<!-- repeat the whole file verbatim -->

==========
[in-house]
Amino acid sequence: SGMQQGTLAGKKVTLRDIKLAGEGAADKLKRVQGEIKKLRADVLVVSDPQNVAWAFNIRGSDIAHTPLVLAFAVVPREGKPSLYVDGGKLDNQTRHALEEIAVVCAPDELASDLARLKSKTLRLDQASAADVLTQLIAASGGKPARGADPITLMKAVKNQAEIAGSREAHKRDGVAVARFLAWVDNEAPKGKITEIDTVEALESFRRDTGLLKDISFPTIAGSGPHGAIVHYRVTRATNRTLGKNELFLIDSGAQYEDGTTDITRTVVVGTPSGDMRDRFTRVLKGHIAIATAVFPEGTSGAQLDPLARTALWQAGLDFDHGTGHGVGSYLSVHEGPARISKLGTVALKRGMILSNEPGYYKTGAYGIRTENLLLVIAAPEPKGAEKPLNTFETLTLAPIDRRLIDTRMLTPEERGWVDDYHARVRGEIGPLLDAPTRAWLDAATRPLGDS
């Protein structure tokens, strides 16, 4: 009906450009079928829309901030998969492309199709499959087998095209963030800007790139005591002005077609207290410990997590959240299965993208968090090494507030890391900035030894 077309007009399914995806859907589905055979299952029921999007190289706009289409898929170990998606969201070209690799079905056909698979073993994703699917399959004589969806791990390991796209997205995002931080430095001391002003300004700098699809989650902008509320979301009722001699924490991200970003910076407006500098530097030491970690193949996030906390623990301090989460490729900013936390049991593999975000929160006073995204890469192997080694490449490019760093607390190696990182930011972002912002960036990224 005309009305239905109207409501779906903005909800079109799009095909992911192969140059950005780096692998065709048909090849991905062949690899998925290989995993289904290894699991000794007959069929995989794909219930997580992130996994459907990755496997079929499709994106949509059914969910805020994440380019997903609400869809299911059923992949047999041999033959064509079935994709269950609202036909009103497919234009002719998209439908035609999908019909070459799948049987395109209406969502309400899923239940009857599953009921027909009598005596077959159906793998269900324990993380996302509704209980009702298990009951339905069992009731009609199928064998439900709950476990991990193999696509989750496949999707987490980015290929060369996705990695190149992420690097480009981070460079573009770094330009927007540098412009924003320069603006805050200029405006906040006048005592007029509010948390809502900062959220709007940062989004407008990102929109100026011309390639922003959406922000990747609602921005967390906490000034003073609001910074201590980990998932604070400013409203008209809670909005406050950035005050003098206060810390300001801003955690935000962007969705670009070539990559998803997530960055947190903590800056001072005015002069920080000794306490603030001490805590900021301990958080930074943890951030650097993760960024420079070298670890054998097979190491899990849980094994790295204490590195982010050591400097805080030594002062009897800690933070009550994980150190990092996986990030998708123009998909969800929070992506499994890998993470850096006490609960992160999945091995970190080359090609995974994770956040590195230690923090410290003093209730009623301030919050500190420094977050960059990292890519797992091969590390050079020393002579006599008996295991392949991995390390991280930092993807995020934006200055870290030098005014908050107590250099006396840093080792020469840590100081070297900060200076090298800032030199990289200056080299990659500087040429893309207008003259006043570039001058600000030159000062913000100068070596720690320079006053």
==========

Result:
[in-house]
Amino acid sequence: SGMQQGTLAGKKVTLRDIKLAGEGAADKLKRVQGEIKKLRADVLVVSDPQNVAWAFNIRGSDIAHTPLVLAFAVVPREGKPSLYVDGGKLDNQTRHALEEIAVVCAPDELASDLARLKSKTLRLDQASAADVLTQLIAASGGKPARGADPITLMKAVKNQAEIAGSREAHKRDGVAVARFLAWVDNEAPKGKITEIDTVEALESFRRDTGLLKDISFPTIAGSGPHGAIVHYRVTRATNRTLGKNELFLIDSGAQYEDGTTDITRTVVVGTPSGDMRDRFTRVLKGHIAIATAVFPEGTSGAQLDPLARTALWQAGLDFDHGTGHGVGSYLSVHEGPARISKLGTVALKRGMILSNEPGYYKTGAYGIRTENLLLVIAAPEPKGAEKPLNTFETLTLAPIDRRLIDTRMLTPEERGWVDDYHARVRGEIGPLLDAPTRAWLDAATRPLGDS
């Protein structure tokens, strides 16, 4: 009906450009079928829309901030998969492309199709499959087998095209963030800007790139005591002005077609207290410990997590959240299965993208968090090494507030890391900035030894 077309007009399914995806859907589905055979299952029921999007190289706009289409898929170990998606969201070209690799079905056909698979073993994703699917399959004589969806791990390991796209997205995002931080430095001391002003300004700098699809989650902008509320979301009722001699924490991200970003910076407006500098530097030491970690193949996030906390623990301090989460490729900013936390049991593999975000929160006073995204890469192997080694490449490019760093607390190696990182930011972002912002960036990224 005309009305239905109207409501779906903005909800079109799009095909992911192969140059950005780096692998065709048909090849991905062949690899998925290989995993289904290894699991000794007959069929995989794909219930997580992130996994459907990755496997079929499709994106949509059914969910805020994440380019997903609400869809299911059923992949047999041999033959064509079935994709269950609202036909009103497919234009002719998209439908035609999908019909070459799948049987395109209406969502309400899923239940009857599953009921027909009598005596077959159906793998269900324990993380996302509704209980009702298990009951339905069992009731009609199928064998439900709950476990991990193999696509989750496949999707987490980015290929060369996705990695190149992420690097480009981070460079573009770094330009927007540098412009924003320069603006805050200029405006906040006048005592007029509010948390809502900062959220709007940062989004407008990102929109100026011309390639922003959406922000990747609602921005967390906490000034003073609001910074201590980990998932604070400013409203008209809670909005406050950035005050003098206060810390300001801003955690935000962007969705670009070539990559998803997530960055947190903590800056001072005015002069920080000794306490603030001490805590900021301990958080930074943890951030650097993760960024420079070298670890054998097979190491899990849980094994790295204490590195982010050591400097805080030594002062009897800690933070009550994980150190990092996986990030998708123009998909969800929070992506499994890998993470850096006490609960992160999945091995970190080359090609995974994770956040590195230690923090410290003093209730009623301030919050500190420094977050960059990292890519797992091969590390050079020393002579006599008996295991392949991995390390991280930092993807995020934006200055870290030098005014908050107590250099006396840093080792020469840590100081070297900060200076090298800032030199990289200056080299990659500087040429893309207008003259006043570039001058600000030159000062913000100068070596720690320079006053």